Trump keeps his promise: Blacks and Hispanics do better with him than Obama

Democratic warnings that President Trump would make life worse for minorities were discredited once again Friday, with the release of new unemployment statistics for December. In just under one year in office, the president and the Republican Congress have helped minorities make dramatic gains.

Since taking the reins from President Obama, President Trump and the GOP-controlled Congress have embraced free-market and pro-liberty economic policies. Now – after a year of reducing regulations, approving a tax cut, and encouraging stricter standards for numerous welfare programs at the state level – the economy is thriving. Working-age minorities are benefitting in ways they have rarely, if ever, have enjoyed in the modern era.

The U.S. Labor Department reported Friday that the unemployment rate for African-Americans fell to 6.8 percent in December – the lowest rate since recordkeeping began in 1972. That’s an astounding drop from the 8.3 percent black unemployment rate in October 2016, just before Donald Trump was elected president.

Hispanic unemployment was at a near-record low of 4.9 percent in December – down from 5.7 percent the month before the election of President Trump. Additionally, there were four months in 2017 in which the Hispanic seasonal unemployment fell below 5 percent – the only time that has occurred in a single year over the past 44 years.

Asian-Americans, the demographic group that typically has the lowest unemployment rate, enjoyed a 2.5 percent unemployment rate in December – the lowest figure since 2006.

The overall U.S. unemployment rate in December was 4.1 percent, matching the lowest level in 17 years – down from 4.9 percent in October 2016.

In addition to putting more Americans to work, President Trump’s economic and job-creation policies are creating once-in-a-lifetime economic opportunities.

The Trump-era economic gains are allowing more and more families to move off welfare rolls and enjoy self-sufficiency and the pride that comes with regular work.

Under the Obama administration, welfare programs were expanded dramatically. Many policies that have a proven record of keeping people from getting trapped in a cycle of poverty – such as work requirements and time limits for working-age able-bodied people collecting government assistance – were temporarily removed or watered down. This disproportionately affected blacks and Hispanics, especially in lower-income urban regions.

The economic gains made because of the Trump administration’s policies, coupled with states’ efforts to improve welfare programs, have had the opposite effect.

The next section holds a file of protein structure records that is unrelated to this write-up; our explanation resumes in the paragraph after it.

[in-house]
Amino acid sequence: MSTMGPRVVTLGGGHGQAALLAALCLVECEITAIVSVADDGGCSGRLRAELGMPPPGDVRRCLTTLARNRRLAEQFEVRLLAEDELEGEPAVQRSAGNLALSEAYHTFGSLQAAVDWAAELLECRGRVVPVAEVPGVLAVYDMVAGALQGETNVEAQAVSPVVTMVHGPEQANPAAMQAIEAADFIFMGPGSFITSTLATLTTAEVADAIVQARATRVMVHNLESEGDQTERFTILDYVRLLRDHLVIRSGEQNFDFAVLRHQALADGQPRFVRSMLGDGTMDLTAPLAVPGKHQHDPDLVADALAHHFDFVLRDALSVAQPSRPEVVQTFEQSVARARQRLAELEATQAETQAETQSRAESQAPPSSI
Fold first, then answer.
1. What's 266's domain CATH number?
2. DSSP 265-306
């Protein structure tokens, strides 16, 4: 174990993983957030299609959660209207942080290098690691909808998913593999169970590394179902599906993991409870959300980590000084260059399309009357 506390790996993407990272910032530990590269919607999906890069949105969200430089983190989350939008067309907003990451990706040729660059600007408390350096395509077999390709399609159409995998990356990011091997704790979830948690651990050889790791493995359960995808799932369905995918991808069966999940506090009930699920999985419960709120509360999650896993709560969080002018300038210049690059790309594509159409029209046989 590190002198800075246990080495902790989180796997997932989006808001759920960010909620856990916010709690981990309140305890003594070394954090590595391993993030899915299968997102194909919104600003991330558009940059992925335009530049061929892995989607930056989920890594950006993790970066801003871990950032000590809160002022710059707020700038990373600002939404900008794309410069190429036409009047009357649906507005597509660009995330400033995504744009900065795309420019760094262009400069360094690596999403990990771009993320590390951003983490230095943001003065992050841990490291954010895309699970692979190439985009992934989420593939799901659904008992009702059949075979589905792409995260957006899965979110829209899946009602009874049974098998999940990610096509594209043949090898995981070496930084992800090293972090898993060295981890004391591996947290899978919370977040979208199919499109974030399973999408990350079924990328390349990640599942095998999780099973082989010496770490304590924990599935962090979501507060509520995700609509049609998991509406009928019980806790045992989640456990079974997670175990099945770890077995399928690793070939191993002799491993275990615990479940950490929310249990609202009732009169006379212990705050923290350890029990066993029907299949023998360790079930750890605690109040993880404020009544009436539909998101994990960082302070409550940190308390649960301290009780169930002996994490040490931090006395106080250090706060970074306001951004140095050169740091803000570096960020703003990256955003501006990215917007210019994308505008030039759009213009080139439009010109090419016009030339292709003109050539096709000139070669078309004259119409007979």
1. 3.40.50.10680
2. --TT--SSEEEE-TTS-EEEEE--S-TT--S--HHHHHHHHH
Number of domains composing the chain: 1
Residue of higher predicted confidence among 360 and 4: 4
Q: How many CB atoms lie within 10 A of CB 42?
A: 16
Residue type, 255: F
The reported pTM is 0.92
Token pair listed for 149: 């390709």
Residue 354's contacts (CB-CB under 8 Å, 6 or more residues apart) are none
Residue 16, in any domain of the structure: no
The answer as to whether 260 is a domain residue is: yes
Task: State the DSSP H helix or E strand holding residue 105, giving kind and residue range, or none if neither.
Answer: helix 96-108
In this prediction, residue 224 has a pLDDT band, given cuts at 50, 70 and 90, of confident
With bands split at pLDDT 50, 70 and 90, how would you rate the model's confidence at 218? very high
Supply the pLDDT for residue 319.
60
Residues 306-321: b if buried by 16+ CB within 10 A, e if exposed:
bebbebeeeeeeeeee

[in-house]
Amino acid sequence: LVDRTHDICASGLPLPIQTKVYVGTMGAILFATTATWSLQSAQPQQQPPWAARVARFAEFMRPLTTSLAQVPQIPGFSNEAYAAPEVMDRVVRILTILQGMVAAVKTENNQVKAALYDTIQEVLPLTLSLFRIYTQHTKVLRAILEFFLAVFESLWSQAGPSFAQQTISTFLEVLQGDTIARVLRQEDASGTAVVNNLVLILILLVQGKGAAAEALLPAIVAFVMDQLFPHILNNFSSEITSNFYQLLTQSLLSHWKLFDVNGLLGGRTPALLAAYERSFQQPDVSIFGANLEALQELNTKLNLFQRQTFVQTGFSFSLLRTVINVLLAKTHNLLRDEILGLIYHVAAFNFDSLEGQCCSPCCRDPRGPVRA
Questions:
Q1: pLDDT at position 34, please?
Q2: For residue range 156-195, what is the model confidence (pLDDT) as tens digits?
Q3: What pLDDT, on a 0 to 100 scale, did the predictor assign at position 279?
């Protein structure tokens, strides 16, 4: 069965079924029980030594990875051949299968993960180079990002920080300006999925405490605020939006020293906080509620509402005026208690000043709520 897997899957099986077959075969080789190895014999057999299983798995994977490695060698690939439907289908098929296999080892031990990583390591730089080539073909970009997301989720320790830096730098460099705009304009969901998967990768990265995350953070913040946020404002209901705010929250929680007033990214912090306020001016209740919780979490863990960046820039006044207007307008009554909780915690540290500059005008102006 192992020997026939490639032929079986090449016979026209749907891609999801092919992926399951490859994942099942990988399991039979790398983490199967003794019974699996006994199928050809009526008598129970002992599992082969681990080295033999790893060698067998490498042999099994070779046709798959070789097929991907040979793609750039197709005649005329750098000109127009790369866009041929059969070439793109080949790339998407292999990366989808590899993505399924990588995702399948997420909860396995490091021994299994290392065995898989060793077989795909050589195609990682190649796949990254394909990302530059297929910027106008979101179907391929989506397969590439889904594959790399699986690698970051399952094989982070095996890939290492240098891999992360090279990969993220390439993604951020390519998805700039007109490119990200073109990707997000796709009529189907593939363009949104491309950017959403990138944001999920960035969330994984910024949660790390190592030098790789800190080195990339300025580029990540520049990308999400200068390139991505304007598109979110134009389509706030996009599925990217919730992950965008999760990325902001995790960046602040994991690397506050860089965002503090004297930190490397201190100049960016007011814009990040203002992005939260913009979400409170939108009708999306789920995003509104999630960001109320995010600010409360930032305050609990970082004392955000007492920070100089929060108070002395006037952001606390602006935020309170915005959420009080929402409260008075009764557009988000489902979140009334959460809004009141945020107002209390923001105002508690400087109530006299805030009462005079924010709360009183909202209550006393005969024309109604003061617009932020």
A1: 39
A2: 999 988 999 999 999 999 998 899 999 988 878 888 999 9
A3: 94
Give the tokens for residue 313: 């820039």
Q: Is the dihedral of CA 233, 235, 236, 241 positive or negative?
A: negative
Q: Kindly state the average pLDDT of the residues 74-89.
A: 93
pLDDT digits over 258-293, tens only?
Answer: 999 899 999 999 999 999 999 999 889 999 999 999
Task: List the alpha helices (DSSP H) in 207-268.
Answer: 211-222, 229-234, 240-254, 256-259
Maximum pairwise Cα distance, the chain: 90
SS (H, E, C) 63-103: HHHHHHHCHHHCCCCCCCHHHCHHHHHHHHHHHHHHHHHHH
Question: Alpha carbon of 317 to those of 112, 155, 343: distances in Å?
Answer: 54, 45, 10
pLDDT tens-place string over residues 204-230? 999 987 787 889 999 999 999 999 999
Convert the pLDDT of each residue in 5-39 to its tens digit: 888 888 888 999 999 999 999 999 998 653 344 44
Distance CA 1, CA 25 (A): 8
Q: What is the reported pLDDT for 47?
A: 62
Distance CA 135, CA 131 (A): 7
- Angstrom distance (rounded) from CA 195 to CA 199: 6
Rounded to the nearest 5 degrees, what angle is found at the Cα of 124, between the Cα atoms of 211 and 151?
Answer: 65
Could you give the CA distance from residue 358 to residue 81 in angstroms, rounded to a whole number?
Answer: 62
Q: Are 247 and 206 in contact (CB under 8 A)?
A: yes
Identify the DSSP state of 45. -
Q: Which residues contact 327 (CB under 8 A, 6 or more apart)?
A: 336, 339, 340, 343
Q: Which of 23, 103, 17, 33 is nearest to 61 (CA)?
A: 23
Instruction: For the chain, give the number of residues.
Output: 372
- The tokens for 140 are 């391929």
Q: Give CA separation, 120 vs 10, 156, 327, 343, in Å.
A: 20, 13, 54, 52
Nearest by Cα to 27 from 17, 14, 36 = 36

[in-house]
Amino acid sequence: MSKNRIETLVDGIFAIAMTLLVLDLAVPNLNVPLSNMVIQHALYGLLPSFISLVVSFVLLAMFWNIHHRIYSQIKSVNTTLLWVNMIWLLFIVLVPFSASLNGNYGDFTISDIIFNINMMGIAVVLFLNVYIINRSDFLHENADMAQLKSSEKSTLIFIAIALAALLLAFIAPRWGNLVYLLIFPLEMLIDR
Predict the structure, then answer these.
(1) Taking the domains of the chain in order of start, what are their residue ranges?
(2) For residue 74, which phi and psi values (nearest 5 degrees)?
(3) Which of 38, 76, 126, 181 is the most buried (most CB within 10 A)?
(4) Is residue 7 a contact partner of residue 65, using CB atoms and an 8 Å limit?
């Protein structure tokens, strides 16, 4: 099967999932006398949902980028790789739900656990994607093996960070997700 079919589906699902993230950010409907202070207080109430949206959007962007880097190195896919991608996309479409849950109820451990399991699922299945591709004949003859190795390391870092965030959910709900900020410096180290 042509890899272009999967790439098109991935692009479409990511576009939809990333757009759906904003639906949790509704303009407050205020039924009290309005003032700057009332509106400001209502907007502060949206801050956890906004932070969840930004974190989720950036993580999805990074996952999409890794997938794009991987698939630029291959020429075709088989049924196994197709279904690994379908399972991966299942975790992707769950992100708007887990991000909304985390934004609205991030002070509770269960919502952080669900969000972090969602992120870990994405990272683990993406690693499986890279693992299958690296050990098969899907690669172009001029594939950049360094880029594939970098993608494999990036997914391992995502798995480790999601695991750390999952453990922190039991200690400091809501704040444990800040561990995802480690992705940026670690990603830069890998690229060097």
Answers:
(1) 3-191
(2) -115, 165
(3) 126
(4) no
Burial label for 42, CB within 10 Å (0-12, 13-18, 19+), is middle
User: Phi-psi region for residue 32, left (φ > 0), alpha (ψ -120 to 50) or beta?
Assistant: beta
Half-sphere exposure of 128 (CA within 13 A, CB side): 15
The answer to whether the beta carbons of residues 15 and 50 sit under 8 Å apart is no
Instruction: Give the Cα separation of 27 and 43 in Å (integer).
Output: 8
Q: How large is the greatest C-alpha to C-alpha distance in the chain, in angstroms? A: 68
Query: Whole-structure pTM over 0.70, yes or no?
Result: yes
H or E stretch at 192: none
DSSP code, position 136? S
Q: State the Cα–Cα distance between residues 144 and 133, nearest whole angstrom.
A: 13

For instance, from October 2015 to October 2016, enrollment in Medicaid and the Children’s Health Insurance Program (CHIP) expanded by 2.9 million people, to 74.7 million. The Centers for Medicare and Medicaid Services reported, thanks in large part to the Affordable Care Act’s Medicaid expansion provisions, that Medicaid rolls increased by 37.8 percent from September 2013 to November 2016. But in what can only be described as a remarkable turnaround, preliminary Medicaid data for October 2017 (the most recent period available), show Medicaid enrollment fell by about 500,000.

Food stamp rolls also experienced a significant decrease. The U.S. Department of Agriculture reports total enrollment declined by 2.7 percent nationally from September 2016 to September 2017, with enrollment increasing in only six states.

Supporters of President Obama might attempt to argue that these incredible economic achievements should be credited to him, not to President Trump. But that would be wishful thinking without a basis in fact.

The truth is that although the economy has been slowly improving for several years, the rate at which the economy has experienced gains increased rapidly once President Trump was elected. It doesn’t take a genius or a mathematician to understand why.

Unlike the Obama administration, which added more than 20,000 new regulations over eight years, President Trump has slashed unneeded regulations, freeing up businesses to operate without the burden of an overbearing national government.

“Within the first 11 months, we canceled or delayed over 1,500 planned regulatory actions, more than any previous president, by far,” President Trump said  in December. “And you see the results, when you look at the stock market, the results of companies, and when you see companies coming back into our country.”

The Trump administration says its cut in regulations will amount to a savings of $8.1 billion in net regulatory costs. Business can use a big chunk of those savings to create yet more jobs.

In addition to reducing regulatory burdens, President Trump approved the Dakota Access and Keystone XL oil pipelines; announced plans to auction off oil and natural gas drilling leases to roughly 77 million acres in the Gulf of Mexico; stopped President Obama’s war on the coal industry; and signed one of the largest tax cuts in American history, which has already led to major corporations such as AT&T, Boeing, and Southwest Airlines giving huge bonuses to hundreds of thousands of employees.

And on Thursday the Trump administration announced yet another move to create jobs and strengthen our economy – an expansion of offshore drilling for oil and natural gas to almost all U.S. coastal waters. This will also make our nation less dependent on imported oil and gas and reduce our trade deficit with other nations.

All these policies – along with promises from President Trump and congressional Republicans to do even more in the coming months – have catalyzed America’s previously sluggish economy. Minority groups are some of the nation’s biggest winners.